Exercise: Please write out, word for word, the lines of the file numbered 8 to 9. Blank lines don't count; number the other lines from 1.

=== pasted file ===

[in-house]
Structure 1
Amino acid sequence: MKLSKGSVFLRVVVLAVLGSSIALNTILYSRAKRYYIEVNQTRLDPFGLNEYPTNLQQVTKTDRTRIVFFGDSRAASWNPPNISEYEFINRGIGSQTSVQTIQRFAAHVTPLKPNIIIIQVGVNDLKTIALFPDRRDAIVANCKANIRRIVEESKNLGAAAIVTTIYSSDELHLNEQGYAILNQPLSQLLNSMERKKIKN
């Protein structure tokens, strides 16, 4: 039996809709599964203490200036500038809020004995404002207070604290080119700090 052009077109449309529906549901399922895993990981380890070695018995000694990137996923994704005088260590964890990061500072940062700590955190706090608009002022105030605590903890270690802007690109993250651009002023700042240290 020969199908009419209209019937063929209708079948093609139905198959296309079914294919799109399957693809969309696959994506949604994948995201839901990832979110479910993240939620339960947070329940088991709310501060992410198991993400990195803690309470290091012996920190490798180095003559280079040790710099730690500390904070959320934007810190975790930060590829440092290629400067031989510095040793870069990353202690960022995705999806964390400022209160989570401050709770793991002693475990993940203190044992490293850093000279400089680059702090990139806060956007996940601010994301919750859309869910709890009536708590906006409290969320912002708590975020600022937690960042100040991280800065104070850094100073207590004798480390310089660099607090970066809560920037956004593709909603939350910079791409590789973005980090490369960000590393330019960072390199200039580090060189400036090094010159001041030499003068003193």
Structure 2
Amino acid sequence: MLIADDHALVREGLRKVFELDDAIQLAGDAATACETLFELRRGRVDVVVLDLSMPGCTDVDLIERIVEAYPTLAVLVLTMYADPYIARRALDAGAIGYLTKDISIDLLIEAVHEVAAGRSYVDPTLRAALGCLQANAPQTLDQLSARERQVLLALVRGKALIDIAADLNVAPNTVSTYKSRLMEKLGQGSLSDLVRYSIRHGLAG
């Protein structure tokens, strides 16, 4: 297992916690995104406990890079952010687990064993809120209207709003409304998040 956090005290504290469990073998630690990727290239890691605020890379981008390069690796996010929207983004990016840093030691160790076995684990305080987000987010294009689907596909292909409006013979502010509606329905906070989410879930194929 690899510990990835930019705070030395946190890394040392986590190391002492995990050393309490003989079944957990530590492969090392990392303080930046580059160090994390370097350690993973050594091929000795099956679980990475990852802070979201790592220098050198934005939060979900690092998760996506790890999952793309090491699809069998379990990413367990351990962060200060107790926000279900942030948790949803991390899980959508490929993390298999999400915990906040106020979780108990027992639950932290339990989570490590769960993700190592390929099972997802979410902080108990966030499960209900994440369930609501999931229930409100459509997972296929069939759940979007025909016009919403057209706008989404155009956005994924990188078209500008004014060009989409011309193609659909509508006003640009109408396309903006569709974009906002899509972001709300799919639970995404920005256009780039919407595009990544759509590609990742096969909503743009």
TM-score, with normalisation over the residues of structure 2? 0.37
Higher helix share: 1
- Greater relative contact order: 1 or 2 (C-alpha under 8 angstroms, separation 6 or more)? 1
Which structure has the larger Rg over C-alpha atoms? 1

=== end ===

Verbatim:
TM-score, with normalisation over the residues of structure 2? 0.37
Higher helix share: 1